Somatosensory evoked potentials and magnetic resonance imaging of the central nervous system in early multiple sclerosis.
J Neurol. 2022 Oct 7. doi: 10.1007/s00415-022-11407-1. Epub ahead of print. PMID: 36205793.
|Authors/Editors:||Wuschek A, Bussas M, El Husseini M, Harabacz L, Pineker V, Pongratz V, Berthele A, Riederer I, Zimmer C, Hemmer B, Kirschke JS, Mühlau M.|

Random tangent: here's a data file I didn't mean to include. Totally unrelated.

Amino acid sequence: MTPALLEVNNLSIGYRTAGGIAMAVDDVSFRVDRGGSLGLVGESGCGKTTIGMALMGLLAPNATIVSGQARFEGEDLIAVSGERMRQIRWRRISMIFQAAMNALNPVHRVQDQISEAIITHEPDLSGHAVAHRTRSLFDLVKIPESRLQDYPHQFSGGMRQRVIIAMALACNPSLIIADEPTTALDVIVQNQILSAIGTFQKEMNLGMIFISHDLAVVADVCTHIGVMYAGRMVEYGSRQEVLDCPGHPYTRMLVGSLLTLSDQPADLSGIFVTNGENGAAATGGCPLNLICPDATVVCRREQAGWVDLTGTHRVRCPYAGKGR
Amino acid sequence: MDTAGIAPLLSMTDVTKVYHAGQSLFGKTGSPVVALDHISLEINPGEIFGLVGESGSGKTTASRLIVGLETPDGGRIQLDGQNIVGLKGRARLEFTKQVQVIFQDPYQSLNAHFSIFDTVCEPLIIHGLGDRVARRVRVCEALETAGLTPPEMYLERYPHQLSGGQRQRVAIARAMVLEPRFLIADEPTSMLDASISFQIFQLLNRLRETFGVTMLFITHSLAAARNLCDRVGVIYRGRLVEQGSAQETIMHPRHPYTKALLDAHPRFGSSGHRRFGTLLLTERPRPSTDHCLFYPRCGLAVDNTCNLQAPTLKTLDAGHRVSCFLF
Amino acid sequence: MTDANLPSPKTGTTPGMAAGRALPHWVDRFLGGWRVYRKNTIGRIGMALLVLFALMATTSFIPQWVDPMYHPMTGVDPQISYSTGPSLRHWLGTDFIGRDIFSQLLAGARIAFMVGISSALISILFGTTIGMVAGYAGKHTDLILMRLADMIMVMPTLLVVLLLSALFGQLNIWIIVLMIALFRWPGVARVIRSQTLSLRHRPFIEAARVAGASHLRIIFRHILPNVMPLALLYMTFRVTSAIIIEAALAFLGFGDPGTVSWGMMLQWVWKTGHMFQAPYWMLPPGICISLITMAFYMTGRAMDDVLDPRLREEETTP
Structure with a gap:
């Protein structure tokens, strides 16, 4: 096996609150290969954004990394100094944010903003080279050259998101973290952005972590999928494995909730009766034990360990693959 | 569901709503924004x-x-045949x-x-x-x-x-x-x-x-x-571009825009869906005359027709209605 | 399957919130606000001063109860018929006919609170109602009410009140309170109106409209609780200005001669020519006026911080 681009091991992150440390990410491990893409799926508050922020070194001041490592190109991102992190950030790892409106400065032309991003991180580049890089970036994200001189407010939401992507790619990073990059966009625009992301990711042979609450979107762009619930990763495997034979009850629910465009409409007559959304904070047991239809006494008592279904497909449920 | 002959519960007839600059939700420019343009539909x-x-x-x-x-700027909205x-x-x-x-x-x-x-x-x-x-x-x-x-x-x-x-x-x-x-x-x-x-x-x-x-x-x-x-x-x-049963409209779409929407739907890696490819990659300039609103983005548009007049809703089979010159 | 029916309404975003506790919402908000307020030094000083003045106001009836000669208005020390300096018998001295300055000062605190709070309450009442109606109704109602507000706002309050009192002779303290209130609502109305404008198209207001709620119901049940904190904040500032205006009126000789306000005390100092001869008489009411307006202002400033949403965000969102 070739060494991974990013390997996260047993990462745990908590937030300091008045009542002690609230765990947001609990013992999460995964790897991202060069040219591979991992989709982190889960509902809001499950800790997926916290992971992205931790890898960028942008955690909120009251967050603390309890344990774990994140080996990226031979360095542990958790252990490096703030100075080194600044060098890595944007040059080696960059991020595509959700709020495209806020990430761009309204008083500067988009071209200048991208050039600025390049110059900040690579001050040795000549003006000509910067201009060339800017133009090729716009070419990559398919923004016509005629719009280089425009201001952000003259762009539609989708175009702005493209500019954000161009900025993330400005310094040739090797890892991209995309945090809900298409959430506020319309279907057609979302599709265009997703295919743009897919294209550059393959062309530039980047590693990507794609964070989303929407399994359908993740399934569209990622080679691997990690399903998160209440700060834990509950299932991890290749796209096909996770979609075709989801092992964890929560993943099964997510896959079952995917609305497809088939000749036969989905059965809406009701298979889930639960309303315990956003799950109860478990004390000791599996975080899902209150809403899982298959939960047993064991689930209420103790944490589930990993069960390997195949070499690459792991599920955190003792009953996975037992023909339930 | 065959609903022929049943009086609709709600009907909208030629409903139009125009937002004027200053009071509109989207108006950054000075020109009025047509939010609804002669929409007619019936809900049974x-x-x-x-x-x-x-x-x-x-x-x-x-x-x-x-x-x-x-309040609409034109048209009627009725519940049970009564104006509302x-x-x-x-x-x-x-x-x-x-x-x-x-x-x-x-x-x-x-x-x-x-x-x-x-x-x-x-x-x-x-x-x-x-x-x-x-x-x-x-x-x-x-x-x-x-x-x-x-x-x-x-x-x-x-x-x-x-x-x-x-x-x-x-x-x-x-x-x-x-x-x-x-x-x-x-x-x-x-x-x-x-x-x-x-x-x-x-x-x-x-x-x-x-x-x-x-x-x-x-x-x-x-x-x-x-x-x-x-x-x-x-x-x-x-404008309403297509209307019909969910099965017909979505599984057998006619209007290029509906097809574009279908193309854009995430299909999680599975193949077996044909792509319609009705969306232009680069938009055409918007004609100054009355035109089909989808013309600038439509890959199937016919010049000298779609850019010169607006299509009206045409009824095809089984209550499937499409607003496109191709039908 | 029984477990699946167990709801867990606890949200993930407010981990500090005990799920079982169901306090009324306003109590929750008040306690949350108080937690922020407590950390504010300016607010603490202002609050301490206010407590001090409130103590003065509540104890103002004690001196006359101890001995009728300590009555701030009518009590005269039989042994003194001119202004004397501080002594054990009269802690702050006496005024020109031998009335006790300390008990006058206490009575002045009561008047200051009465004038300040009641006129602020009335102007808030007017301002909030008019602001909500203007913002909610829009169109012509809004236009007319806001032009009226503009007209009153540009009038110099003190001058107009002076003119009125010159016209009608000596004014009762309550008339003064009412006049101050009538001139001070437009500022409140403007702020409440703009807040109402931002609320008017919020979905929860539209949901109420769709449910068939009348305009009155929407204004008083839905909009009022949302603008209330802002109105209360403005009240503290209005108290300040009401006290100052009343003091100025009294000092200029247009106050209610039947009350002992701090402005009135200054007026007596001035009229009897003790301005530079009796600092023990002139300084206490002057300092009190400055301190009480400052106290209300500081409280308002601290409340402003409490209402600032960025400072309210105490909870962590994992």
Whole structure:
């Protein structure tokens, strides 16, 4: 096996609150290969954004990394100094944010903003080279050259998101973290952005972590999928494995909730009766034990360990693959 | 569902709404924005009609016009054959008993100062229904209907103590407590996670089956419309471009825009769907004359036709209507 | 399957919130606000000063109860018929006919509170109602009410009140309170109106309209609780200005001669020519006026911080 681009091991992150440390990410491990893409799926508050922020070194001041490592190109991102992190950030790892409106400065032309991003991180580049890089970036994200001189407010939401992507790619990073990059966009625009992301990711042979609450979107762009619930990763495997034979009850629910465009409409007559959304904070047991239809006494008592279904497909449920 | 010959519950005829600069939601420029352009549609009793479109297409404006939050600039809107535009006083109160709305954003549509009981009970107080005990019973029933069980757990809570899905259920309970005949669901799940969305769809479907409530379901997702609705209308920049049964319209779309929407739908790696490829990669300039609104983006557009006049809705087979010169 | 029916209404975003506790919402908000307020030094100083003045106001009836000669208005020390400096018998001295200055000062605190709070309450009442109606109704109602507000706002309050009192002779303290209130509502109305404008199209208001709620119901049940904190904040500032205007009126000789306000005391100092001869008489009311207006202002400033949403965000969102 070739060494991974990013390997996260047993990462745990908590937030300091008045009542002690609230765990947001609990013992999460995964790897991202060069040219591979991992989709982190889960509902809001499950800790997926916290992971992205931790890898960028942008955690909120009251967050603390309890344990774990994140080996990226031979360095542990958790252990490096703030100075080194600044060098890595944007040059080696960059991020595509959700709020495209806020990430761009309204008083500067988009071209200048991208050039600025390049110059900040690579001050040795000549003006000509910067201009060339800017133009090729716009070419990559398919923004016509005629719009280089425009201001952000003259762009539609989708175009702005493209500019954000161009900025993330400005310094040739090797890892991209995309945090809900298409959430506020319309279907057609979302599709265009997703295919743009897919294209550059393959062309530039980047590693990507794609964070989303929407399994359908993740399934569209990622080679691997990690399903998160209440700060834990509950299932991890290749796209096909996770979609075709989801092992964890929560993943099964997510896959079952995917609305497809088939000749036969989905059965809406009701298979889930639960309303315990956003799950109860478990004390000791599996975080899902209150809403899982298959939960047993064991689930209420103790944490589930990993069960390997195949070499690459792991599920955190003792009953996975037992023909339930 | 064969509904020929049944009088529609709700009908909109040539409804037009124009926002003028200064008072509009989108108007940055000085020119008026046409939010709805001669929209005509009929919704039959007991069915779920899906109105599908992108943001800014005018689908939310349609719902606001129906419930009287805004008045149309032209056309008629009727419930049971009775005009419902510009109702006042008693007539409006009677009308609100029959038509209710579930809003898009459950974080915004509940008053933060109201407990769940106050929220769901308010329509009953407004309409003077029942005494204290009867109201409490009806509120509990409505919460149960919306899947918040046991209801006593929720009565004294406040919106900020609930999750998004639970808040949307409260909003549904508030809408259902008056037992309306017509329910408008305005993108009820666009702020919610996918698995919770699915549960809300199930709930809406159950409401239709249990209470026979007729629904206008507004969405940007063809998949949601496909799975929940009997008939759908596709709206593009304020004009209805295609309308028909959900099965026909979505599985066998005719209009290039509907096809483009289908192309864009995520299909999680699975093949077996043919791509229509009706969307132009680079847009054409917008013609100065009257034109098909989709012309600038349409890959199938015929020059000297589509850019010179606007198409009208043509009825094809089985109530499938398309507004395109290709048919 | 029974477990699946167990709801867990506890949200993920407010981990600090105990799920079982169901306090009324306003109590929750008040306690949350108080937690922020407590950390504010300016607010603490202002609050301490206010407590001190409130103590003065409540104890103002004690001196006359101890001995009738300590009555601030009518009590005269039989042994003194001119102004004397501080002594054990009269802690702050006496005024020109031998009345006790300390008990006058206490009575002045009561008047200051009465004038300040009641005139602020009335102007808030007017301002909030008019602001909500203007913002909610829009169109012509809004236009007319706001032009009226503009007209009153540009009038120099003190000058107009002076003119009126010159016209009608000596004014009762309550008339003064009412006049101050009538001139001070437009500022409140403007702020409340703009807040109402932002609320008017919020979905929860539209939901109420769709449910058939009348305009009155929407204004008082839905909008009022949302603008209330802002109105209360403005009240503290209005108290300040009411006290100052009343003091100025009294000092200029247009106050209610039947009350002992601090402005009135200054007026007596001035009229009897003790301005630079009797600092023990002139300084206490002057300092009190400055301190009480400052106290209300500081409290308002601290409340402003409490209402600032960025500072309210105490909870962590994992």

Until magnetic resonance imaging (MRI) entered clinical routine, evoked potentials had been the most important paraclinical tool to objectively detect pathological changes in multiple sclerosis (MS) . Ever since, evoked potentials have remained part of the routine diagnostic work-up in many centers. Yet current diagnostic criteria attribute a role only to visual evoked potentials to lend objective paraclinical evidence in a patient reporting a previous episode of visual impairment whereas the possible contribution of other evoked potential investigations is recommended to be further explored . Somatosensory evoked potentials (SSEP) cover the whole spinocortical pathway; they are robust and easy to perform. According to some authors, SSEP are among the most valuable electrophysiological tests in MS  with the highest sensitivity  and of prognostic value [5‐9]. However, with the broader availability of MRI including spinal cord (SC) MRI, the question has arisen whether SSEP are of value beyond MRI and how the findings of both methods relate to each other. To the best of our knowledge, only very few studies reported findings from both methods . In this study, we retrospectively analyzed disability, SSEP, brain MRI, and whole SC MRI with full axial coverage in a larger cohort of patients with early MS.